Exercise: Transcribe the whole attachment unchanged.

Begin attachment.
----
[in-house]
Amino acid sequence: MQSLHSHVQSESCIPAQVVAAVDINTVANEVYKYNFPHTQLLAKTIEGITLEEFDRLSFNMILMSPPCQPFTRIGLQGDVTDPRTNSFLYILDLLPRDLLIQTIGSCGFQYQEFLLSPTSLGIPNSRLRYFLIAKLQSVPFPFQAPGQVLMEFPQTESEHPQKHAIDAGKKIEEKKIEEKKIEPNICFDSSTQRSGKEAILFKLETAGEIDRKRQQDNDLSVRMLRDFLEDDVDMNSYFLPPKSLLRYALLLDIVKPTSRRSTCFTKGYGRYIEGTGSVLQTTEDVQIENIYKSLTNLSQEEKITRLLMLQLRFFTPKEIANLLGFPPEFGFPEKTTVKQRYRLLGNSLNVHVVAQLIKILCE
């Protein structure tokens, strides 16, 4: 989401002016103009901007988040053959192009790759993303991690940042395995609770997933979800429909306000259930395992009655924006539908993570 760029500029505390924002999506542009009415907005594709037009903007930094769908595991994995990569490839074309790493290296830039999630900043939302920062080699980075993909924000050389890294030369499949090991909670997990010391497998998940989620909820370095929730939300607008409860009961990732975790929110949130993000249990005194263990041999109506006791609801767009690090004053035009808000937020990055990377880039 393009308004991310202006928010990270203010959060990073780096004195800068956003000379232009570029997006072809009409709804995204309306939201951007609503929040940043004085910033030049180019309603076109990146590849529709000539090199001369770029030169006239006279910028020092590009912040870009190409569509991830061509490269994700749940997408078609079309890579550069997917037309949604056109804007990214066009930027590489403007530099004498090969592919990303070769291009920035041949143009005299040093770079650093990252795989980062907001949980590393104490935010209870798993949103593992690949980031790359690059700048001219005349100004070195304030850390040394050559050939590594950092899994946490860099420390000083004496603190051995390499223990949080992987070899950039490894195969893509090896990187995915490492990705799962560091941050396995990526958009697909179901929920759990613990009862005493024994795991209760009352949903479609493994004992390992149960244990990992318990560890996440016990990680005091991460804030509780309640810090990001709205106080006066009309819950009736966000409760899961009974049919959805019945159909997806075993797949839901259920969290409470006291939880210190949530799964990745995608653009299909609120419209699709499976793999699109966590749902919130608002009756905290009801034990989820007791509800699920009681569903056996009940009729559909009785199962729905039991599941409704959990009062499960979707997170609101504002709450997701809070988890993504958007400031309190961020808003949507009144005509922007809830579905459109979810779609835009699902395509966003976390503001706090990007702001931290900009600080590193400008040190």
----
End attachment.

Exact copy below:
[in-house]
Amino acid sequence: MQSLHSHVQSESCIPAQVVAAVDINTVANEVYKYNFPHTQLLAKTIEGITLEEFDRLSFNMILMSPPCQPFTRIGLQGDVTDPRTNSFLYILDLLPRDLLIQTIGSCGFQYQEFLLSPTSLGIPNSRLRYFLIAKLQSVPFPFQAPGQVLMEFPQTESEHPQKHAIDAGKKIEEKKIEEKKIEPNICFDSSTQRSGKEAILFKLETAGEIDRKRQQDNDLSVRMLRDFLEDDVDMNSYFLPPKSLLRYALLLDIVKPTSRRSTCFTKGYGRYIEGTGSVLQTTEDVQIENIYKSLTNLSQEEKITRLLMLQLRFFTPKEIANLLGFPPEFGFPEKTTVKQRYRLLGNSLNVHVVAQLIKILCE
């Protein structure tokens, strides 16, 4: 989401002016103009901007988040053959192009790759993303991690940042395995609770997933979800429909306000259930395992009655924006539908993570 760029500029505390924002999506542009009415907005594709037009903007930094769908595991994995990569490839074309790493290296830039999630900043939302920062080699980075993909924000050389890294030369499949090991909670997990010391497998998940989620909820370095929730939300607008409860009961990732975790929110949130993000249990005194263990041999109506006791609801767009690090004053035009808000937020990055990377880039 393009308004991310202006928010990270203010959060990073780096004195800068956003000379232009570029997006072809009409709804995204309306939201951007609503929040940043004085910033030049180019309603076109990146590849529709000539090199001369770029030169006239006279910028020092590009912040870009190409569509991830061509490269994700749940997408078609079309890579550069997917037309949604056109804007990214066009930027590489403007530099004498090969592919990303070769291009920035041949143009005299040093770079650093990252795989980062907001949980590393104490935010209870798993949103593992690949980031790359690059700048001219005349100004070195304030850390040394050559050939590594950092899994946490860099420390000083004496603190051995390499223990949080992987070899950039490894195969893509090896990187995915490492990705799962560091941050396995990526958009697909179901929920759990613990009862005493024994795991209760009352949903479609493994004992390992149960244990990992318990560890996440016990990680005091991460804030509780309640810090990001709205106080006066009309819950009736966000409760899961009974049919959805019945159909997806075993797949839901259920969290409470006291939880210190949530799964990745995608653009299909609120419209699709499976793999699109966590749902919130608002009756905290009801034990989820007791509800699920009681569903056996009940009729559909009785199962729905039991599941409704959990009062499960979707997170609101504002709450997701809070988890993504958007400031309190961020808003949507009144005509922007809830579905459109979810779609835009699902395509966003976390503001706090990007702001931290900009600080590193400008040190």